“Jobs, not jails or deportation; nothing less than legalization!” was a popular chant among the tens of thousands of workers, including undocumented immigrants, who turned out for May Day protests across the U.S. From coast to coast, they also demanded an end to racist and anti-union campaigns pushed by profit-hungry bosses at workers’ expense.
Several thousand in Los Angeles reacted to the misnamed “Common Sense Immigration Reform” bill before Congress. “We deserve more!” they chanted. The march was organized by the Southern California Immigration Coalition. Speakers included representatives from Union del Barrio, BAYAN-USA, Roofers Union Local 36, United Teachers of Los Angeles, Occupy LA and Garment Workers Center. The Farabundo Marti National Liberation Front, Sandinista National Liberation Front, Frente de Resistencia por Mexico and student organizations MEChA and RISE all participated. Their signs called for full legalization now, no guest worker programs, no criminalization or militarization at the borders, and money for jobs, not wars.
Speaking for the International Action Center, Jefferson Azevedo touched on the diverse character of the event, noting, “There are three things the powers that be fear most from the working class — solidarity, organization and action.” Ethnic and multinational diversity was reflected in flags representing Black Liberation, Cuba, the Democratic People’s Republic of Korea and all the Americas. Special tribute was paid to Venezuela’s Hugo Chávez.
In San Diego several thousand workers, students and youth, overwhelmingly people of color, gathered mid-afternoon at the Civic Center to march through the downtown area and nearby Barrio Logan. Chanting loudly, they streamed into the city’s historic Chicano Park for a rally that included Mexican and Indigenous folk dancers. Many progressive organizations, UNITE HERE locals, United Domestic Workers, Service Workers, Janitors for Justice and others had contingents in the march.
Rally speakers targeted the capitalist system for the continuing crises of unemployment, housing foreclosures, high medical costs, attacks on education and the government’s militaristic and racist policies. Carl Muhammad spoke representing Workers World Party and the San Diego Committee against Police Brutality. The assemblage was strongly united in the call for legalization for all immigrant workers now.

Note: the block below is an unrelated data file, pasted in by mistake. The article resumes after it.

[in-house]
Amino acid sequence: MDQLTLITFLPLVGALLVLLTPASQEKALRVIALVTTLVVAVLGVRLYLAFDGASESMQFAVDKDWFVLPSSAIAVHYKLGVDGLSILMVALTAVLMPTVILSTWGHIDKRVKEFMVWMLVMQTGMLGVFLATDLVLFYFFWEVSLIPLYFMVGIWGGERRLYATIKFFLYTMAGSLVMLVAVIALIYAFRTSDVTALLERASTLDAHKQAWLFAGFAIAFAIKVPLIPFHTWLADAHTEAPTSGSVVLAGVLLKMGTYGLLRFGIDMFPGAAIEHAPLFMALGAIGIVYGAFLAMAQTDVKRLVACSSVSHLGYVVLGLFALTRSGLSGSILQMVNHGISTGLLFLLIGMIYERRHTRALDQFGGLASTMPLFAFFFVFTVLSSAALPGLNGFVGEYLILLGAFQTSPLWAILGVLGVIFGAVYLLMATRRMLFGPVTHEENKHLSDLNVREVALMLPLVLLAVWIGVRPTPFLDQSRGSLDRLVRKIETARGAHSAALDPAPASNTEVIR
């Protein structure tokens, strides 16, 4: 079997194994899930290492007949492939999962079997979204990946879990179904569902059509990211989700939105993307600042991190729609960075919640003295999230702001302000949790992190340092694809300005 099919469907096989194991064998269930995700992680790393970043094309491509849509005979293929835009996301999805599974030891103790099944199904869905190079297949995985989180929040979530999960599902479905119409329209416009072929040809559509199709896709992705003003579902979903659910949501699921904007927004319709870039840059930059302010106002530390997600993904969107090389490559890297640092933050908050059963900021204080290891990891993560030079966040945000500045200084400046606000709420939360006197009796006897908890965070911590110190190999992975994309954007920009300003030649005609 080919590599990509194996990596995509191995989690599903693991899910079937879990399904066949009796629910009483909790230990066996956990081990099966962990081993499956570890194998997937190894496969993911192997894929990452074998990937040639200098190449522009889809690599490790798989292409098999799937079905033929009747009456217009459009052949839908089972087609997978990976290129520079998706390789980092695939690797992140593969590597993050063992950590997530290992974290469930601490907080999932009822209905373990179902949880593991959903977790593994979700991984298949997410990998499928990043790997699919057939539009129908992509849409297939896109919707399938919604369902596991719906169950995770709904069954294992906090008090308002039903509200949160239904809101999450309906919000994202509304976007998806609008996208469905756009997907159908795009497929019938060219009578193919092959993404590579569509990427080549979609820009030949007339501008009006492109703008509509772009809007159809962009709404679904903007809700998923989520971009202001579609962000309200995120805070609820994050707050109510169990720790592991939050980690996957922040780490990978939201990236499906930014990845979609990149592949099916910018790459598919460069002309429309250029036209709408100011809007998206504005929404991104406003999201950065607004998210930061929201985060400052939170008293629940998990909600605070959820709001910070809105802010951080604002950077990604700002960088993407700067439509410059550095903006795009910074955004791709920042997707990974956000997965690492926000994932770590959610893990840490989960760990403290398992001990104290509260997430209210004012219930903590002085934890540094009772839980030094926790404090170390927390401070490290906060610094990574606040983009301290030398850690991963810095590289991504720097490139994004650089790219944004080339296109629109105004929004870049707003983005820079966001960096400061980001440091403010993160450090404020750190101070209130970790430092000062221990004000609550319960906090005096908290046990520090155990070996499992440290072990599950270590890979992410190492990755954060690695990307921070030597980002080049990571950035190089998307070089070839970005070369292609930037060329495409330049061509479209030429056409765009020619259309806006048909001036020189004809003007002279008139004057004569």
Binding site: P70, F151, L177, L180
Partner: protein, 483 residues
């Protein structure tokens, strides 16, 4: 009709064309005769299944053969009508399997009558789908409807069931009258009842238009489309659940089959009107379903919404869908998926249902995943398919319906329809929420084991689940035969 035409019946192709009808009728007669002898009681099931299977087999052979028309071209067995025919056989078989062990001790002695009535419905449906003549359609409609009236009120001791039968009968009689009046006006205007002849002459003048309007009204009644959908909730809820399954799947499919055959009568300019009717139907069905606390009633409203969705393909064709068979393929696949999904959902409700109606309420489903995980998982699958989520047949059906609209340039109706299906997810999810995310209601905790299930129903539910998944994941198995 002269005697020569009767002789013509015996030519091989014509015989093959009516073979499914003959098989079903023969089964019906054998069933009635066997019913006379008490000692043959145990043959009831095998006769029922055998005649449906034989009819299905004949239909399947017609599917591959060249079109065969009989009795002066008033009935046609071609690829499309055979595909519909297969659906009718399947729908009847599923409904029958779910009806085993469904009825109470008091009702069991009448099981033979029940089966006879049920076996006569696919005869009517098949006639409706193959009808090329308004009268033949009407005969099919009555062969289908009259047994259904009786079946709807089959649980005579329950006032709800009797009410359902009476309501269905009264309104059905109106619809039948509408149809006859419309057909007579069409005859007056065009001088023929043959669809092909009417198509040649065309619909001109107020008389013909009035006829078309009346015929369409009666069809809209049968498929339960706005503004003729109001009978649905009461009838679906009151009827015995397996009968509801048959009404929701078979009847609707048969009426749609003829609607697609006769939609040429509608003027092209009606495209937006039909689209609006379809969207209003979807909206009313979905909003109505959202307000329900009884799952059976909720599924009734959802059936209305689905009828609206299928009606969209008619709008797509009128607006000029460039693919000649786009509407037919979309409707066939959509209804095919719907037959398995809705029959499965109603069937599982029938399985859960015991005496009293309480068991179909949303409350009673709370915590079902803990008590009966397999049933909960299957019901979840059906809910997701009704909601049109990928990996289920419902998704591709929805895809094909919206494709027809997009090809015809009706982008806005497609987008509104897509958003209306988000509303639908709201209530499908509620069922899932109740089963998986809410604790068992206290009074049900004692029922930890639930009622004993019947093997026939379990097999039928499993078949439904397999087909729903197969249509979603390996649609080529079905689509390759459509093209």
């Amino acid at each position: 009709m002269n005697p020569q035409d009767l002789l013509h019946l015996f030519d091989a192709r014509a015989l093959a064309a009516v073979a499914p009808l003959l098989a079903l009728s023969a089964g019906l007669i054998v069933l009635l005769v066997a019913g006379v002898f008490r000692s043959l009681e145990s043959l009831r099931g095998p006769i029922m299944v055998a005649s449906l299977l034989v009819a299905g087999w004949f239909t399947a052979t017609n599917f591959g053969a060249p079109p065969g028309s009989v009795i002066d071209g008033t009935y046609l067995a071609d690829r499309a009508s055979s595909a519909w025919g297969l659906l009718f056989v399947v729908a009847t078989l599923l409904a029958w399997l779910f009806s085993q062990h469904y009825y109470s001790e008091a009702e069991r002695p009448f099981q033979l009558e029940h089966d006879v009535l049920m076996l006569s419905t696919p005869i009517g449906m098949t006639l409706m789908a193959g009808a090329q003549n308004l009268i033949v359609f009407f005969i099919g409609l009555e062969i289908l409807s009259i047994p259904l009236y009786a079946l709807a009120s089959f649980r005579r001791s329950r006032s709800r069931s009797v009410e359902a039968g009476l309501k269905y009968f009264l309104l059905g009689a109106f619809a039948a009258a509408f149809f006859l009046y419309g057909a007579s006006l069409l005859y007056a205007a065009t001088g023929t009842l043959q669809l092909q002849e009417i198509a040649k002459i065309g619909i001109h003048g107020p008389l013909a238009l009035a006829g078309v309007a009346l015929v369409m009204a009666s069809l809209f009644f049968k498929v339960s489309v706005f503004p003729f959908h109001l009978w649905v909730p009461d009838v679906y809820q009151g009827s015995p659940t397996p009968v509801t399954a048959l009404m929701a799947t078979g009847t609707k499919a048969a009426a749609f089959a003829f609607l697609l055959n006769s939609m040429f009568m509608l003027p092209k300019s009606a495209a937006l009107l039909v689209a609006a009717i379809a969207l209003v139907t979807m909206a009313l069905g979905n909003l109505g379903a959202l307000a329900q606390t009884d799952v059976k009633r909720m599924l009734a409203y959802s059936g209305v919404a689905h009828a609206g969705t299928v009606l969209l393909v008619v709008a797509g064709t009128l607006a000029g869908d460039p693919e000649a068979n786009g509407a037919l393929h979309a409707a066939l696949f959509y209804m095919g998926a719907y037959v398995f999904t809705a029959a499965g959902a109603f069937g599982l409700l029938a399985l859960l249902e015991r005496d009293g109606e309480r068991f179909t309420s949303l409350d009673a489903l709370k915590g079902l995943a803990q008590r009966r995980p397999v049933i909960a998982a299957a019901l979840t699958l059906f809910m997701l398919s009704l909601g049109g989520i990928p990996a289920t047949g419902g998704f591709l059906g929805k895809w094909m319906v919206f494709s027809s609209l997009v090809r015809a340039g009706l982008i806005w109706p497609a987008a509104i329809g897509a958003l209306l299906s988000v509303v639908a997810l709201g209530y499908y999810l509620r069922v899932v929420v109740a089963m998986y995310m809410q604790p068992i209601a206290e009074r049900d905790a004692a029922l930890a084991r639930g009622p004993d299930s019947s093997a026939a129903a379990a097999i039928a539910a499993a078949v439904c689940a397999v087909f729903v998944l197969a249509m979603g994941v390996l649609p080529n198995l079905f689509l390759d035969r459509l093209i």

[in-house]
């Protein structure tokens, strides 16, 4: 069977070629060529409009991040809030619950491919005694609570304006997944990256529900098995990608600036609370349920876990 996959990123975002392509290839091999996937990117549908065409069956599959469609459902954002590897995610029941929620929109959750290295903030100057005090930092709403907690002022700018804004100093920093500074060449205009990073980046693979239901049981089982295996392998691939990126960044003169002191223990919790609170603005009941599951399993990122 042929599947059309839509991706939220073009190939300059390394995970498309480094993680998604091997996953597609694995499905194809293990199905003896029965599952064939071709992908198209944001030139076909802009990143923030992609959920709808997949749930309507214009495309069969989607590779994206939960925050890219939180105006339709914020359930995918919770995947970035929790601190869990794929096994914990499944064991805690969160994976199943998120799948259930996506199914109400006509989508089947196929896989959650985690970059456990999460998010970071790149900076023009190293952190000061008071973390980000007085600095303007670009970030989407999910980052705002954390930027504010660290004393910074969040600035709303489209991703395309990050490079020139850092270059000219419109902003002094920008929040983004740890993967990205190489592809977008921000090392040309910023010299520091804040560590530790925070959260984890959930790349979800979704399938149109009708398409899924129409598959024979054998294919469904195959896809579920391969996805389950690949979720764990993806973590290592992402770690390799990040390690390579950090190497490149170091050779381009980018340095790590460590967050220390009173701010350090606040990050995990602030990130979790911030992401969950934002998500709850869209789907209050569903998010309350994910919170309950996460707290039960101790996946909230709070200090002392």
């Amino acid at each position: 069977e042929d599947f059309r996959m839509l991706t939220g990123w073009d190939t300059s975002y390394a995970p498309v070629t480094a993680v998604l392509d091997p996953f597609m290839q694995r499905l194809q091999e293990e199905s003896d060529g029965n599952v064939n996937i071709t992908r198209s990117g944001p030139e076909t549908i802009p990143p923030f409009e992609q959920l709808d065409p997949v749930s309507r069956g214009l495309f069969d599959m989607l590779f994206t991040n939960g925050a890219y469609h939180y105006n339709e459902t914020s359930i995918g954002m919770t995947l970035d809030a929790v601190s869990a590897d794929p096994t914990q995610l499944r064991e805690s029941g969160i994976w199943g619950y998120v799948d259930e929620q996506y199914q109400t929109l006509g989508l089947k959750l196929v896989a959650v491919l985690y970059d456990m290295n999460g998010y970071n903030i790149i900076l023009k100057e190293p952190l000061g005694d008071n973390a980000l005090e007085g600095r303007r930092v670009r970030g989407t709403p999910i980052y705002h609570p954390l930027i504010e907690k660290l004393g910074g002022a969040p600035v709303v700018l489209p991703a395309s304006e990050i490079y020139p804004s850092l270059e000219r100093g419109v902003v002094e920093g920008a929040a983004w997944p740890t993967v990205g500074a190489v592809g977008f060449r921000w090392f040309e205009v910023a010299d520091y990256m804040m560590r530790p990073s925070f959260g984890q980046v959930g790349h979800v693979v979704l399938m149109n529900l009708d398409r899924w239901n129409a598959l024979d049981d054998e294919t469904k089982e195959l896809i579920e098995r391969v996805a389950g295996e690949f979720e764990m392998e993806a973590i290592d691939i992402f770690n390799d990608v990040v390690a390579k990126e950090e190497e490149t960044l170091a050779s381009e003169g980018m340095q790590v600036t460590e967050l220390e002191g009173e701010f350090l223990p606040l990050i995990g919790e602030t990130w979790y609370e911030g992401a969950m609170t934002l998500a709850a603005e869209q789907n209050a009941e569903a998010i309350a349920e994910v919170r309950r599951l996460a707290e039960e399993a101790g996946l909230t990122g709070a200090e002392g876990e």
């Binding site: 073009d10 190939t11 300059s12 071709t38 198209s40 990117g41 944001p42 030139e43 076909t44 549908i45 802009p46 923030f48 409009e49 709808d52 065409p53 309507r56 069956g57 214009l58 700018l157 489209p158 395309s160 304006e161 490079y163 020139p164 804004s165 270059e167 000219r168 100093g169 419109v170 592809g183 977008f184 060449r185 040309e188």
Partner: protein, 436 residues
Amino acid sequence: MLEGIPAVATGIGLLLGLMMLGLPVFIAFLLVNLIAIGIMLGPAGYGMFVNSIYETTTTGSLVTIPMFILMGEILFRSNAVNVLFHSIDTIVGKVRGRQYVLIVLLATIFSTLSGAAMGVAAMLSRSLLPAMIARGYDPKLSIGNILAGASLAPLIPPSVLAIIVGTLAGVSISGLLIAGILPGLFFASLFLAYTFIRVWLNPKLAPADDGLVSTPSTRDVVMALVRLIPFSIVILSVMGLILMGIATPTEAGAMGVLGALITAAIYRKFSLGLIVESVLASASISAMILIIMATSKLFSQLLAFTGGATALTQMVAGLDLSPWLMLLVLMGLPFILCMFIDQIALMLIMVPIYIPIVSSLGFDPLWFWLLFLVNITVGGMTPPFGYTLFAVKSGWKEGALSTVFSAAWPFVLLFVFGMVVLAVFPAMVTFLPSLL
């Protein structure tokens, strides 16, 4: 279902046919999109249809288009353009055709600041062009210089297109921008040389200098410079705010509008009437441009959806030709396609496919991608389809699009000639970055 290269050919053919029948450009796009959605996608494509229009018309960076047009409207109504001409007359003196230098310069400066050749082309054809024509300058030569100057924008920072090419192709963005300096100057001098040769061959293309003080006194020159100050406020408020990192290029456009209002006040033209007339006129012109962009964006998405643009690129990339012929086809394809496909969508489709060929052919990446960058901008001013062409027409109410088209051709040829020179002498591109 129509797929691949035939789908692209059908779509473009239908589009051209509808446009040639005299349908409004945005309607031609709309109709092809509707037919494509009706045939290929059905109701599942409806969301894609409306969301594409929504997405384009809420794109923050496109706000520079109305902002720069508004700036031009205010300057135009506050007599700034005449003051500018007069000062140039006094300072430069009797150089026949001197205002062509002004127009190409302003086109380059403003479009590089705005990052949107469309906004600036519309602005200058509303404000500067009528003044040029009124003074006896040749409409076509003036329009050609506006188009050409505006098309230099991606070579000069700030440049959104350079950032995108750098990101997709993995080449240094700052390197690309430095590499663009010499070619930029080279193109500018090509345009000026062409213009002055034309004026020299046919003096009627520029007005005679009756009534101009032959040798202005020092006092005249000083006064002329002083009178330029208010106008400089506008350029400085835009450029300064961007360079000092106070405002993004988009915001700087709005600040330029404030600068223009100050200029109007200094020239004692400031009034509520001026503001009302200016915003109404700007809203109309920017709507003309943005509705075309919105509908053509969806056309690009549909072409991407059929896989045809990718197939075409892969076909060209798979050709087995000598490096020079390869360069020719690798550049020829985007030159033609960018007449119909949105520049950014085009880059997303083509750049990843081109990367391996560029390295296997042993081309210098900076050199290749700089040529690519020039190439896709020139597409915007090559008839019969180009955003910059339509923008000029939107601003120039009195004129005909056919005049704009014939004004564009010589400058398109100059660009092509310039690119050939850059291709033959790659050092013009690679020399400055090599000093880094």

Marches for immigrant rights took place in San Francisco and Oakland. Around 1,200 people marched from Oakland’s Fruitvale BART (subway) station to a Mi Pueblo grocery store where workers have been fired due to Immigration and Customs Enforcement (ICE) I-9 raids. Chanting “El pueblo unido jamás será vencido,” they surrounded and shut down the store. Banners demanded “Papeles para todos” (Papers for all). A contingent of 30 Dobake bakery workers, also fired after I-9 raids, carried a banner proclaiming, “No mas redadas silenciosas!” (No more silent raids!).
Also in downtown Oakland, 250 people marched to kick off the Fight for $15 campaign, modeled after walkouts by fast food workers in Chicago and New York. They stopped in front of several fast food and other low-wage chains, chanting, “Hold the burger, hold the fries, we want wages supersized” and “What’s outrageous, fast food wages.”
In Seattle, more than 5,000 immigrants and supporters from more than 35 sponsoring organizations mobilized as the May 1st Action Coalition to protest mass deportation and detention programs. Speakers included workers from many labor struggles. Later that evening an anti-capitalist march of youth and anarchists was attacked by the police. The bosses’ media labeled the march “violent” because a few windows were broken, while ignoring the everyday violence of Homeland Security, which has deported over 1.5 million immigrants, breaking up families and promoting the super-exploitation of immigrant labor.